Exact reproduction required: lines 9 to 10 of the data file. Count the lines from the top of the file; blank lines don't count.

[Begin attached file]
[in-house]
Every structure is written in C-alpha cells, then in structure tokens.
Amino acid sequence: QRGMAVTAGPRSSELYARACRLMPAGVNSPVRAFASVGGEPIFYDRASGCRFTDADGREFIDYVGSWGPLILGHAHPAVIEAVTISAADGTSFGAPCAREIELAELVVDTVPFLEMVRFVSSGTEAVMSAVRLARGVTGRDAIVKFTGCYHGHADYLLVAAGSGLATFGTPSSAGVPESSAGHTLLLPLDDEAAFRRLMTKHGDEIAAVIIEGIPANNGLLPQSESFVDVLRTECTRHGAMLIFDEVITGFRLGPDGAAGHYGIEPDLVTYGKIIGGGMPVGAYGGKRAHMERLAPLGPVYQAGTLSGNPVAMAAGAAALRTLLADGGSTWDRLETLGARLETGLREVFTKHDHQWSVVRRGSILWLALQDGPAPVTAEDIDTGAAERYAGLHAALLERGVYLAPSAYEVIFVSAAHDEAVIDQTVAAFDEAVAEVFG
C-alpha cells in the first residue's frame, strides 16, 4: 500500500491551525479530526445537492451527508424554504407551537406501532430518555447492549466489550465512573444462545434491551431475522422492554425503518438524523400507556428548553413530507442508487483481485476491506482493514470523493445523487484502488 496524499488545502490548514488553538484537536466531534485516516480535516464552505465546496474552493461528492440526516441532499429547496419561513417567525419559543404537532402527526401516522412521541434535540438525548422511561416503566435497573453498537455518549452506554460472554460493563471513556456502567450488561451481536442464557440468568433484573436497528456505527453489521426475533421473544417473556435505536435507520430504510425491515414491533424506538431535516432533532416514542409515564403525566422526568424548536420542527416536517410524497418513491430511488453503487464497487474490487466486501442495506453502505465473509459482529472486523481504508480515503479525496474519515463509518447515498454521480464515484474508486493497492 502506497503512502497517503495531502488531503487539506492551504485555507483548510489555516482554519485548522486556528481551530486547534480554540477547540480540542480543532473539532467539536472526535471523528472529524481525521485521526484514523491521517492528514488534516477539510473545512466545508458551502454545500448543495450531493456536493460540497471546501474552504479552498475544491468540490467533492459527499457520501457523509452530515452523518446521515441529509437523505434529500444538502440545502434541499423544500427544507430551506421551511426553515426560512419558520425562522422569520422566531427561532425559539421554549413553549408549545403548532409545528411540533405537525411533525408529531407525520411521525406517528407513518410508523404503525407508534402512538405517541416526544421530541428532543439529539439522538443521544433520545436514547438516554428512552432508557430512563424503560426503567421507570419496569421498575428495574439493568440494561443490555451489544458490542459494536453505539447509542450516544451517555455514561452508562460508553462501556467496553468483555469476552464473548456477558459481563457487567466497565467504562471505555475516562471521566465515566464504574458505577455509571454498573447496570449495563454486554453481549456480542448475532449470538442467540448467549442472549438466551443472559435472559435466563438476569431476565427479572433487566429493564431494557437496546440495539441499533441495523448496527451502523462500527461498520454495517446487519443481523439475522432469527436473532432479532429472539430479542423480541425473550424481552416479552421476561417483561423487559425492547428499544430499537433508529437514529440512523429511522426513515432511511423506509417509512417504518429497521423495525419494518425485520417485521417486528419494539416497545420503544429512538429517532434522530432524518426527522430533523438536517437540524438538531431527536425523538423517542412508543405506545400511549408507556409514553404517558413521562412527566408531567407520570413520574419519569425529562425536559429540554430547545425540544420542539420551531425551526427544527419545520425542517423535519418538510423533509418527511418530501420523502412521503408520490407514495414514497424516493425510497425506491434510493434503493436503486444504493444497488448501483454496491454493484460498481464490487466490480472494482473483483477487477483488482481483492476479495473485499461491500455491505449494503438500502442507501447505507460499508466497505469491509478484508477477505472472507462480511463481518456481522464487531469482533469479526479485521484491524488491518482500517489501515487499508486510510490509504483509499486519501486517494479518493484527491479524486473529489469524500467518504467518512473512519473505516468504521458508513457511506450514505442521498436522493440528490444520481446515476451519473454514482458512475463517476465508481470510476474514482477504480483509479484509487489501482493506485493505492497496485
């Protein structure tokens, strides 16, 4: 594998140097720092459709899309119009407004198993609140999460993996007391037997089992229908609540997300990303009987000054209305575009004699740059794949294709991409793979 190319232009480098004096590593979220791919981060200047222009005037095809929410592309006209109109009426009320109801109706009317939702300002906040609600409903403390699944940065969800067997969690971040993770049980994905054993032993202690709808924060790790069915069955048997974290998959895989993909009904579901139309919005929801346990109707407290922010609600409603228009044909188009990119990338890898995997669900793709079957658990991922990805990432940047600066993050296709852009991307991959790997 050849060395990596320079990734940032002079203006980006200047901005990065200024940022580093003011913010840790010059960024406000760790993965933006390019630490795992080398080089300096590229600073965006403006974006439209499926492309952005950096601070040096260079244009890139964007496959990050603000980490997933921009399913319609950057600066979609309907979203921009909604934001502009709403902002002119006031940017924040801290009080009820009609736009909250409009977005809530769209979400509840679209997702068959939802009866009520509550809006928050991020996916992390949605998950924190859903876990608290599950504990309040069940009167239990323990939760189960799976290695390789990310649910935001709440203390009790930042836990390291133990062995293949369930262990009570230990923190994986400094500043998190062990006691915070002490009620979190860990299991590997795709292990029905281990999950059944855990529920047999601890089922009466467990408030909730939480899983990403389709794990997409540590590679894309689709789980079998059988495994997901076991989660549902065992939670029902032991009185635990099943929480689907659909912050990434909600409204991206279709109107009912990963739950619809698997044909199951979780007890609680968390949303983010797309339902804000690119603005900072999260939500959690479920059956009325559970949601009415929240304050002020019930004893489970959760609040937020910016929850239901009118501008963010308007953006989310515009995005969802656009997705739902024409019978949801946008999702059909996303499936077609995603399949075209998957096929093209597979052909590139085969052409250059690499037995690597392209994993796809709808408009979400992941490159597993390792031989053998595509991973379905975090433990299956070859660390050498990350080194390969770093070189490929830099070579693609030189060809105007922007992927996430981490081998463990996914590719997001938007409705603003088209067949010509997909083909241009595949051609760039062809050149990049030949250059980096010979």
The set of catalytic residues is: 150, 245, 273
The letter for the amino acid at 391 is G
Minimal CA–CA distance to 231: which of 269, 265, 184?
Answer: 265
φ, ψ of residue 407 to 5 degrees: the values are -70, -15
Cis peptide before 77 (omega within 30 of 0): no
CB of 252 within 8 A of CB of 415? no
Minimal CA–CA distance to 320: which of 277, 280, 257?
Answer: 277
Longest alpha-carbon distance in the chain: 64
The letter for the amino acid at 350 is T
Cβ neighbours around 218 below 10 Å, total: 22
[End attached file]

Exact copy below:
Answer: 265
φ, ψ of residue 407 to 5 degrees: the values are -70, -15